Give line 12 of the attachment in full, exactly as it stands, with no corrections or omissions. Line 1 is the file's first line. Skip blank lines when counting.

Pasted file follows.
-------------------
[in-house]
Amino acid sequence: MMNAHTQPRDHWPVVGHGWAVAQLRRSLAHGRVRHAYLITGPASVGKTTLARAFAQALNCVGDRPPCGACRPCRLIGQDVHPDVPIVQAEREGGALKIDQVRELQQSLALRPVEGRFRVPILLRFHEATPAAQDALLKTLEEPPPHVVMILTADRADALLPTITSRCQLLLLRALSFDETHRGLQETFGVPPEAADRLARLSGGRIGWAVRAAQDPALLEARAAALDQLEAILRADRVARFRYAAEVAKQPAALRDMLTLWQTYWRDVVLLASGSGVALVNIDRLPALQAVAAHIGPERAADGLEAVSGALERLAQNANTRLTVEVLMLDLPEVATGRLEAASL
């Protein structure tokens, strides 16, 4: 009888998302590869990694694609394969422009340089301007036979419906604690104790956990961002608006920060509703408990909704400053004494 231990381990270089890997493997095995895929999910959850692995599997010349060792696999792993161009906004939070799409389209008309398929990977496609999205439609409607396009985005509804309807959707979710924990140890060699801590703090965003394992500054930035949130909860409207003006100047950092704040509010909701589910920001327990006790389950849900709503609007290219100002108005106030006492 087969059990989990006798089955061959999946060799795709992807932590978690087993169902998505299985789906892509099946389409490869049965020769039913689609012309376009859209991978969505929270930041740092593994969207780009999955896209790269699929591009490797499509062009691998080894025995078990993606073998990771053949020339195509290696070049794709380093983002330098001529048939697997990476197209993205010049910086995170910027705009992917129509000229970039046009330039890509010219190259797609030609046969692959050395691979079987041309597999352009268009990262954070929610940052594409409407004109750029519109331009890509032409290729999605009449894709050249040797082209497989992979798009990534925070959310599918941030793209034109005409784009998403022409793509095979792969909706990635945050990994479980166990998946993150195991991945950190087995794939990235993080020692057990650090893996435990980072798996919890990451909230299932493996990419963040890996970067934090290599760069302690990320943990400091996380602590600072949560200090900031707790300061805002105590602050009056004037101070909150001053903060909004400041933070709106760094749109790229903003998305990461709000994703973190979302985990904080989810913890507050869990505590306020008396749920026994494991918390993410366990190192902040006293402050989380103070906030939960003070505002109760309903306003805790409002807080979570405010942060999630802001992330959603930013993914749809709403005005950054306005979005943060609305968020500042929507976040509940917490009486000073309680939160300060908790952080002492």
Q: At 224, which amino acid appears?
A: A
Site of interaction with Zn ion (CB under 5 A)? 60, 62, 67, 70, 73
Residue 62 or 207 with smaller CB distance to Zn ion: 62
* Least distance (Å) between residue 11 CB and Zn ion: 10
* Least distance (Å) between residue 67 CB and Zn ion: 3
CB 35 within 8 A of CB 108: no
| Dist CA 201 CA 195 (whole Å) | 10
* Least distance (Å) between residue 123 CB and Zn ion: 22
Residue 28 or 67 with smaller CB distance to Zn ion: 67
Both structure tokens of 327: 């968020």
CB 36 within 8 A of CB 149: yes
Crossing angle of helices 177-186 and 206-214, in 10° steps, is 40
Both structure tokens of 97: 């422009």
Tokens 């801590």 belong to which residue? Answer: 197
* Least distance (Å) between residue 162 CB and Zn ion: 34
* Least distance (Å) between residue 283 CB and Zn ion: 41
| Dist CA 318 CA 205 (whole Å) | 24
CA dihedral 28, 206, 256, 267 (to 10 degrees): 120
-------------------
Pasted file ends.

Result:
* Least distance (Å) between residue 123 CB and Zn ion: 22